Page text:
Decomposers recycle nutrients (matter) but ENERGY IS ALWAYS LOST

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1 Decomposers recycle nutrients (matter) but ENERGY IS ALWAYS LOST

2 What does this mean to us Stable ecosystems have a continual input of energy And more producers than consumers It takes less energy to produce plants than it does animals Eating diet containing a lot of meat uses more energy and more land space to produce

3 What do the next 3 organisms have in common?

4

5

6 TOP PREDATORS

7 WHAT MAKES SOMETHING A TOP PREDATOR? No natural enemies

8 2 nd trophic level 1 st trophic level 4th trophic level 3 rd trophic level 5th trophic level Top predator Carnivore or Omnivore Carnivore or Omnivore Carnivore or Omnivore Herbivore Autotrophs

9

10 Energy is lost as you go up the food chain

11 Decomposers recycle nutrients but ENERGY IS ALWAYS LOST

12 Stable ecosystems have a continual input of energy

13 Stable ecosystems have more producers than consumers It takes less energy to produce plants than it does animals

14 WHY? Need to grow energy and more land space to produce food for the animal meat

15 LET S GET BACK TO ENERGY

16 MAKE A MODEL of how you think PHOTOSYNTHESIS works.

17 HOW DO PLANTS PRODUCE ENERGY?

18 Unit 2: part 3 Population Ecology

19 Smallest to biggest Population Community Ecosystem Biosphere 19

20 2. Which cell structure would be found in plant cells, but not in animal cells? a) Cell membrane b) Nucleus c) Mitochondria d) Chloroplast

21

22

23 Identify 2 organisms that belong to the plant kingdom

24 Explain one reason why the population of marsh grass might increase if the populations of herons decreased

25 Review 1. Food chains show energy flow through ecosystems 2. Energy goes in one direction in ecosystems 3. Energy is always lost as it flows through ecosystems 4. To be stable always energy has to be added to ecosystems 5. Energy for most ecosystems comes from the sun 25

26 Population Dynamics

27 All populations have the potential for exponential growth

28 Human Population Growth World population 1 bil bil 1927 (123yrs) 3 bil 1960 (33 yrs) 4 bil 1974 (14 yrs) 5 bil 1987 (13 yrs) 6 bil 1999 (12 yrs) 7 bil 2012 (13 yrs)

29 1. Rate = how fast something is changing. What happens to the growth rate as the population gets bigger? bigger population= faster growth rate

30 2. Human population growth began to really grow in the 1800 s. What in history was occurring during this time that might have caused this spike?

31 3. Then again in the 1950 s the growth rate increased again. What might have been the cause of this spike? better sanitation and medicines

32 Limiting factors anything that prevents a population from growing too large Examples: Food Space Oxygen Nutrients Disease Light (for plants)

33 Examples of limiting factors for algae Sunlight N and P Salt Water Temperature

34 Examples of limiting factors for predators Prey Mates Space Disease

35 Examples of limiting factors for herbivores Predators Plant populations Disease Climate Competition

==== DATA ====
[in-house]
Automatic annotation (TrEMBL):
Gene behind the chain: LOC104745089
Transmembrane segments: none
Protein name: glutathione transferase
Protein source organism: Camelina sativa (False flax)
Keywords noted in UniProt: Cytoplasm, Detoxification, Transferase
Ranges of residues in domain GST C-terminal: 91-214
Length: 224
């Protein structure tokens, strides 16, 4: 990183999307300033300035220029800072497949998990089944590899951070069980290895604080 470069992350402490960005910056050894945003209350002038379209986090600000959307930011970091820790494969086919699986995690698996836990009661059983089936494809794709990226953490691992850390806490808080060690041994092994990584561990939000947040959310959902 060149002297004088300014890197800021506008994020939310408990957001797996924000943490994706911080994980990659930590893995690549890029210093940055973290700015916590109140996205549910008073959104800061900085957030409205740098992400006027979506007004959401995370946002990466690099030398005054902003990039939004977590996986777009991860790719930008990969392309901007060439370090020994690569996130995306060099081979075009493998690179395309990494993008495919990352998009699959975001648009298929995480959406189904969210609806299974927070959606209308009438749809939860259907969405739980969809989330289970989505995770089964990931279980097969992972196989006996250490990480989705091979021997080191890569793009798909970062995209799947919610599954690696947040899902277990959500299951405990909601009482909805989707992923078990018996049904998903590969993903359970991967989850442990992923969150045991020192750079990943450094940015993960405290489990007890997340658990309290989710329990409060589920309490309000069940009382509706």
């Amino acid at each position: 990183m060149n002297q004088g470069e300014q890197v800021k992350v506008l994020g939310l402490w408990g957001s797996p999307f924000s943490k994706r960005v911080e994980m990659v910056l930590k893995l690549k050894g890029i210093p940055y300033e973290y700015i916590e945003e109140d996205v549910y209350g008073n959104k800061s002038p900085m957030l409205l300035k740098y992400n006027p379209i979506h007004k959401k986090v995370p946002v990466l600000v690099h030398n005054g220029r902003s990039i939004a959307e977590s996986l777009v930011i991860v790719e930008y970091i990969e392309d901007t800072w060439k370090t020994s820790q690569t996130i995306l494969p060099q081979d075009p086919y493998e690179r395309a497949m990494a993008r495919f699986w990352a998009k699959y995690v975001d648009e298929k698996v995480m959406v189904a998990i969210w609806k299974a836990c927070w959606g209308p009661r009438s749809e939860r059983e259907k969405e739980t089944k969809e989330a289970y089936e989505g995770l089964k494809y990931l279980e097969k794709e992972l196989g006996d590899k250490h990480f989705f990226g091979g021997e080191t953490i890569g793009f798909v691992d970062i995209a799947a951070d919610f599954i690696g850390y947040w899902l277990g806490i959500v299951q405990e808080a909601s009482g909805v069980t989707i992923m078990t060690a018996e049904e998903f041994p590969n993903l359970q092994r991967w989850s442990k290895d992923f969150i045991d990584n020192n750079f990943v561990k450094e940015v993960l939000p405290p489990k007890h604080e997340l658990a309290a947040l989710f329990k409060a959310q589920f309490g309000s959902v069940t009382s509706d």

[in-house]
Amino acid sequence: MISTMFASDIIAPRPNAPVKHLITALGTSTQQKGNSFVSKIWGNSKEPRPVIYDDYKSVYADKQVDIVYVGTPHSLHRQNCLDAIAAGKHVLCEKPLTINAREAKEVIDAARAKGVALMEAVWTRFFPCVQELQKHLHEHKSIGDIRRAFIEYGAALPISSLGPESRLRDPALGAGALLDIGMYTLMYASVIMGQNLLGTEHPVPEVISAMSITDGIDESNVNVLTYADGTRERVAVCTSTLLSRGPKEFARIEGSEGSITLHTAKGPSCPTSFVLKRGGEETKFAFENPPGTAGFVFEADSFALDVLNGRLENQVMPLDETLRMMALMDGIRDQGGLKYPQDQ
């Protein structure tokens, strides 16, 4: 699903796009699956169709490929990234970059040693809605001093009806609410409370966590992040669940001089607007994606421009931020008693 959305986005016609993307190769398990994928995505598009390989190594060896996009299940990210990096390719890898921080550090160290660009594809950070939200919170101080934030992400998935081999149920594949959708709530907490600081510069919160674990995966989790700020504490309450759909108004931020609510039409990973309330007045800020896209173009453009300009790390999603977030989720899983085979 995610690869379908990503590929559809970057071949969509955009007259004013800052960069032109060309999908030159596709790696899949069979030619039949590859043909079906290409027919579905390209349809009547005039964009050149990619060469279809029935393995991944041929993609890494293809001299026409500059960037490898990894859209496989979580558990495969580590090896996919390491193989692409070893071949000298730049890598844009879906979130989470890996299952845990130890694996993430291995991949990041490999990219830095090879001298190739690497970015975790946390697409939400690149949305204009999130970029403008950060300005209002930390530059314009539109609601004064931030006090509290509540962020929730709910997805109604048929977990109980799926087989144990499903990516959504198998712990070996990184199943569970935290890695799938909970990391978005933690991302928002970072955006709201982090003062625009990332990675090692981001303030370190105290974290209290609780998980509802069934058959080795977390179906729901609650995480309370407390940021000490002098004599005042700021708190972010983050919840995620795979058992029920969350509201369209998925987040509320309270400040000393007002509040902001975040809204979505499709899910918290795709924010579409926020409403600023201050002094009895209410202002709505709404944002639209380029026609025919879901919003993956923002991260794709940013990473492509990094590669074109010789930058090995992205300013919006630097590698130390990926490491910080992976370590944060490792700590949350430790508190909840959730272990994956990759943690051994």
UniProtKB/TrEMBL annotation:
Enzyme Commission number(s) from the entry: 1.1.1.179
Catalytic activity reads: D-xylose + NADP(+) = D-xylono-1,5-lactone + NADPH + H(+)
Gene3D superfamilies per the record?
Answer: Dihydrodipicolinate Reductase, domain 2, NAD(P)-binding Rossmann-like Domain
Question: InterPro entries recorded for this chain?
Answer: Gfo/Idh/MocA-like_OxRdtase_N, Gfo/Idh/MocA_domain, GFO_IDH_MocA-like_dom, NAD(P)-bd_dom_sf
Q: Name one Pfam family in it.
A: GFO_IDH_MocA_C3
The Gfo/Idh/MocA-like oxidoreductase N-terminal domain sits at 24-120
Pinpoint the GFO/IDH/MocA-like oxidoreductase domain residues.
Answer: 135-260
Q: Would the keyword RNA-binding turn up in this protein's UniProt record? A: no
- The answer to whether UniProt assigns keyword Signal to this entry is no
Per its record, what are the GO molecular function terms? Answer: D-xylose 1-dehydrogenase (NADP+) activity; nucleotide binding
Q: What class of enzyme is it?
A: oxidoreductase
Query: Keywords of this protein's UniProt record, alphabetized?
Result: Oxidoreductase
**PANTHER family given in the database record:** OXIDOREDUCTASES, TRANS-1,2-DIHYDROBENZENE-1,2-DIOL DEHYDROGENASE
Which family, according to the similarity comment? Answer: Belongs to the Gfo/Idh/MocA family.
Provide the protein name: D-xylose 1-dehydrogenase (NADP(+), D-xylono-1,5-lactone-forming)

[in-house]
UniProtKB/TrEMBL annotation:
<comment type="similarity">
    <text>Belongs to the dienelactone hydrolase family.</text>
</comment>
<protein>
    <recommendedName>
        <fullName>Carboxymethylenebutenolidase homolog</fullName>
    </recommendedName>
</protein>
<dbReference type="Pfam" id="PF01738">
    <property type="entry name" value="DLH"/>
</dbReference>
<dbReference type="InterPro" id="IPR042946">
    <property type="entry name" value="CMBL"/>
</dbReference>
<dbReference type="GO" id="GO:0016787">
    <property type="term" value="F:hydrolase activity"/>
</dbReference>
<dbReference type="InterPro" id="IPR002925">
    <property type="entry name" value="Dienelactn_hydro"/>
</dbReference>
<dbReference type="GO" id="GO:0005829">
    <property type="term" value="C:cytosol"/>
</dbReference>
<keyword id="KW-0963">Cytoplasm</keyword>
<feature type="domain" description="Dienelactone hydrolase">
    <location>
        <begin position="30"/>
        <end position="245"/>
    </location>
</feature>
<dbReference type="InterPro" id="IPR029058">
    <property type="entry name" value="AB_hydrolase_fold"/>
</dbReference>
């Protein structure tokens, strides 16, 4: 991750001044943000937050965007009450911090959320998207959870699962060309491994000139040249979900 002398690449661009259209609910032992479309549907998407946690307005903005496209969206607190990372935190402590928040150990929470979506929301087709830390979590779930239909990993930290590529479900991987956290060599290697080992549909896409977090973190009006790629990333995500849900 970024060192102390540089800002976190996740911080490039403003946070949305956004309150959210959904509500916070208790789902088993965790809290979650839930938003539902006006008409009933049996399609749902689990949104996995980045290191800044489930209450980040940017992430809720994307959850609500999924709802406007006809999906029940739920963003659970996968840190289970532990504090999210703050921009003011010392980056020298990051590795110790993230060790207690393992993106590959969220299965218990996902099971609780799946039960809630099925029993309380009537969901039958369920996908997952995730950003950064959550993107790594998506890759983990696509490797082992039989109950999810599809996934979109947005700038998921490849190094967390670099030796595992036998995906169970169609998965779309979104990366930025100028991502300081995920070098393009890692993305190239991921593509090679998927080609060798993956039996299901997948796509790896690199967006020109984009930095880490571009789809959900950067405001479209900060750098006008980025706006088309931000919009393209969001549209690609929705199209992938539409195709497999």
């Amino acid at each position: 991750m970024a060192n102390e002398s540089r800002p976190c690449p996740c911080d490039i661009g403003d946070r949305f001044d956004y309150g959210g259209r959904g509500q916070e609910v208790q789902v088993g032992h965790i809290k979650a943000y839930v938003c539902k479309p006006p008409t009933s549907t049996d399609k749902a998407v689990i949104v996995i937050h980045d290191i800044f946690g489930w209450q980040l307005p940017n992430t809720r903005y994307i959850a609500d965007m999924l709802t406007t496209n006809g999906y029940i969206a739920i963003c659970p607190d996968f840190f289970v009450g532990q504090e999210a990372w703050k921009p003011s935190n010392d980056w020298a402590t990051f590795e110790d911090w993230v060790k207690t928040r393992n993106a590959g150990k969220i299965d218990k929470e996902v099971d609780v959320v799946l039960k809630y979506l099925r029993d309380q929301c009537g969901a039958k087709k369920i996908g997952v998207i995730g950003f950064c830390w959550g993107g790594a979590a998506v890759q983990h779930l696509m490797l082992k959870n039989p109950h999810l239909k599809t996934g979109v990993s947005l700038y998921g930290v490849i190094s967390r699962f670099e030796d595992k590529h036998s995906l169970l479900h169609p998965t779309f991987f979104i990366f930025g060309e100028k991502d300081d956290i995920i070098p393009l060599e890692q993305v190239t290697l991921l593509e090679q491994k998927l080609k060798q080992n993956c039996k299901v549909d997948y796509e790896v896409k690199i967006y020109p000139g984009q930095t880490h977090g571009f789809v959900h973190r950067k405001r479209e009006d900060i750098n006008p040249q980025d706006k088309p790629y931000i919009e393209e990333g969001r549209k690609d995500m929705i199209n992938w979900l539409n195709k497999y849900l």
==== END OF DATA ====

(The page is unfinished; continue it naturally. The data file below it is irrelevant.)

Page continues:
36 Vocabulary

37 Moose habitat

38 Penguin habitat

39 Define habitat Where an organism lives

40 Niche = an organisms job or role

41 Examples

42 Bees pollinate flowers

43 Worms aerate soils

44 Predators control prey populations

45 Decomposers recycle nutrients

46 What happens when organisms live in the same habitat and occupy the same niche?

47

48

49 Competition = fight for resources

50 Carrying capacity Maximum # individuals an ecosystem can support

51 What happens when populations go past the carrying capacity???

52

53 Living things interact with each other community 53

54 Relationships between species Predator / Prey Predator = hunter Prey = hunted Need to have more prey then predators to be stable 54

55 Symbiotic Relationships Close association of 2 species Direct Contact At least one organism benefits 3 types Mutualism, commensalism, parasitism 55

56 Mutualism Mutualism (+,+) Both organisms benefit 56

57 Examples: nitrogen fixing bacteria on roots of plants

58 Anemone/Clownfish Clownfish gets protection Anemone gets food 58

59 Commensalism Commensalism (+, 0) One organism benefits, other organism remains unharmed Example: Barnacles/ Whale 59

60 Example Commensalism: Epiphytes on trees in the rainforest 60

61 Parasitism Parasitism (+, -) One sided relationship Parasite benefits, the other (HOST) is harmed Example Dog/tick 61

62 Lamprey on a fish

63 Insects can carry parasitic disease Examples causing organisms Mosquitoes carry West Nile Virus and malaria parasites Deer ticks carry bacteria lyme disease

64 Pathogen Pathogen = disease causing organism Examples Virus = influenza virus, HIV, ebola virus Bacteria = Streptoccocus bacillus, E. Coli Protist = Plasmodium Malaria, Giardia

65 Key ideas Plants and animals depend on each other and their physical environment. Human decisions and activities have had a profound impact on the physical and living environment.

66 Key vocabulary Adaptations = Any characteristic or trait that helps an organism survive

67 Review Questions 1. What is the difference between a population and a community? 2. Define limiting factor and give an example 3. Draw an example of a food web for the following community mice, rabbits and deer are both eating grasses in a field, mice are the main food for owls and kestrels, coyotes eat mainly deer but will also feed on mice and rabbits 4. State what will happen to this community if the coyotes are removed

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